Nehalem - Not built for gaming

Interesting analysis of the Core i7 "Nehalem" processor over on AnandTech.
Written by Adrian Kingsley-Hughes, Senior Contributing Editor

Interesting analysis of the Core i7 "Nehalem" processor over on AnandTech:

IDF has started and the first benchmarks of Nehalem are going to start popping up. It is without a doubt an impressive architecture with a much better platform to run on, but this CPU is not about giving you better frames per second in your favorite game than the Penryn family. Let me make that more clear: even when the GPU is not the bottleneck, it is likely that most games will not be significantly faster than on Penryn. We, the people behind it.anandtech.com will probably have the most fun with it, more than your favorite review crew at Anandtech.com :-). And no, I have not seen any tests before I type this. Nehalem is about improving HPC, Database, and virtualization performance, and much less about gaming performance. Maybe this will change once games get some heavy physics threads, but not right away.

Why? Most Games are about fast caches and super integer performance. After all, most of the Floating point action is already happening on the GPU. The Core 2 CPUs were a huge step forward in integer performance (not the least because of memory disambiguation) compared to the CPUs of that time (P4 and K8). Nehalem is only a small step forward in integer performance, and the gains due to slightly increased integer performance are mostly negated by the new cache system. In a previous post I told you that most games really like the huge L2 of the Core family. With Nehalem they are getting a 32KB L1 with a 4 cycle latency, next a very small (compared to the older Intel CPUs) 256KB L2 cache with 12 cycle latency, and after that a pretty slow 40 cycle 8MB L3. When running on Penryn, they used to get a 3 cycle L1 and a 14 cycle 6144KB L2. The Penryn L2 is 24 times larger than on Nehalem!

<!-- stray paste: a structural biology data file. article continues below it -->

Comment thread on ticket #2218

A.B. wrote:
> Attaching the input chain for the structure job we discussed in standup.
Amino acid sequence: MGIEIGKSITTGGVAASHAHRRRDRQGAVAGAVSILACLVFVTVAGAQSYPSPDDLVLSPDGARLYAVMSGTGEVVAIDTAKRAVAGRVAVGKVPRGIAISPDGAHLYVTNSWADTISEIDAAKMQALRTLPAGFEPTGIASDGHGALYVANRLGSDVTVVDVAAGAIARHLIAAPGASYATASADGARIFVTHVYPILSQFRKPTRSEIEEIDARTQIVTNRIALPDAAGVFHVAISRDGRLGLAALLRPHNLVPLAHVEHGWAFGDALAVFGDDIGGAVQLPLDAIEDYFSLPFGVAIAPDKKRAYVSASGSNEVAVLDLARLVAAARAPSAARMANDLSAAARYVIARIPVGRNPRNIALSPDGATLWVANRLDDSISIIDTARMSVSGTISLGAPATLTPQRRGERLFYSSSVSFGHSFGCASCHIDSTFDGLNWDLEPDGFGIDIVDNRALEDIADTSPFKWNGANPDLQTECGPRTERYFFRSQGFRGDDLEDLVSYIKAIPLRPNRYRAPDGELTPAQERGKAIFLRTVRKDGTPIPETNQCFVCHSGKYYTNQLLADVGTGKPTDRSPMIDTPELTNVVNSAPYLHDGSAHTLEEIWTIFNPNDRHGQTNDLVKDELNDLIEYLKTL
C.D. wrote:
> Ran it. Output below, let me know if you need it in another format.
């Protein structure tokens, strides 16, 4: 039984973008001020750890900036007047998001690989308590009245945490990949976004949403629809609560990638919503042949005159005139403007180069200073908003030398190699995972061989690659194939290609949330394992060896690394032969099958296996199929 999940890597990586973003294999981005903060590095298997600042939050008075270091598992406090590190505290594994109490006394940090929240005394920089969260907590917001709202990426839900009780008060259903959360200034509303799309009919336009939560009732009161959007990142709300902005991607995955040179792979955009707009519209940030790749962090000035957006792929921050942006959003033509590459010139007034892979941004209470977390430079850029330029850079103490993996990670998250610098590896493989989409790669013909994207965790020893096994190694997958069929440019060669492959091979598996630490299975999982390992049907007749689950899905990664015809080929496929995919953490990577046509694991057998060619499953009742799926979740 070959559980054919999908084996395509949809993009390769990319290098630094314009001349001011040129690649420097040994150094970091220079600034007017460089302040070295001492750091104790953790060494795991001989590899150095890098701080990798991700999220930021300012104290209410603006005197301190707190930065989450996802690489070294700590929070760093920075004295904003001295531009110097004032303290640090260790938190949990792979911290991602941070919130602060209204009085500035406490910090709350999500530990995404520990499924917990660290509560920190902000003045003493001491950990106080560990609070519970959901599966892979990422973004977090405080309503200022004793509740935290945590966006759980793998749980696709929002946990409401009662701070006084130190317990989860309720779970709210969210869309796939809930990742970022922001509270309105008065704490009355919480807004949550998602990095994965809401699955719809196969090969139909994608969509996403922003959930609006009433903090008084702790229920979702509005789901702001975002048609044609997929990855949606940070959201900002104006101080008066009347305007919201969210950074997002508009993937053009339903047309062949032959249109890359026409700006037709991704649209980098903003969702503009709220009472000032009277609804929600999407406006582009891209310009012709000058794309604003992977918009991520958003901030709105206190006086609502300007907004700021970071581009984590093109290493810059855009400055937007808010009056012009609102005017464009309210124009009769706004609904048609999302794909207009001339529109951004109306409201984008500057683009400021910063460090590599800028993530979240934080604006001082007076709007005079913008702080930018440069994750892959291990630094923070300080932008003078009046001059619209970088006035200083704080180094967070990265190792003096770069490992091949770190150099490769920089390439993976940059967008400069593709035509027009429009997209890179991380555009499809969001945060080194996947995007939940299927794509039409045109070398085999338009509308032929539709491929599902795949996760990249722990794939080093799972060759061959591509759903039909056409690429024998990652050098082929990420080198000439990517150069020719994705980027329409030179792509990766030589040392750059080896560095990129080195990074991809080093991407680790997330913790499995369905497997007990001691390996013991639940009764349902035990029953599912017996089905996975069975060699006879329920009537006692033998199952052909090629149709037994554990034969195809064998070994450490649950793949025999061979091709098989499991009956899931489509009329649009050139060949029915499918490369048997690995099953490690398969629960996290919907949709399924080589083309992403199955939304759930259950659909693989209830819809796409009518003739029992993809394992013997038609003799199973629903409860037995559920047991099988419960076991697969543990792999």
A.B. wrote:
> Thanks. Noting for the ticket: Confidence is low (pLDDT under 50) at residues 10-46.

So is Intel bringing out a quad-core for the IT and HPC crowd? Well, in a way I think the company needs to. While quad-core processors aren't a fringe product any more, the problem is that we're living in an era where dual-core is good enough and most software doesn't deliver when it comes to scaling on a quad arrangement. At the moment no one buys a quad-core to make Microsoft Word run faster. Even gaming, an area that could well benefit from a couple of extra cores, hasn't been revolutionized by quad-core CPUs.

Core i7

My take on this is that over the next few years we're going to see more and more software be optimized for 4 and more cores. Games, I think, are going to need to be built from the ground up to do this (or at least the underlying engines are). This is going to take time, and before game studios put in the effort they're going to want to see more quad core parts in the hands of gamers of all levels (casual gamers as well as the hardcore enthusiasts).

However, in the short term at any rate, if i7 does end up disappointing gamers this may well leave a gap in the market that AMD could take advantage of. Rather than concentrating on just the CPU, AMD is doing a pretty good job of marketing platforms and here AMD could gain an edge on Intel, especially if it can squeeze more frames per second out of games through streamlining the whole platform.


Editorial standards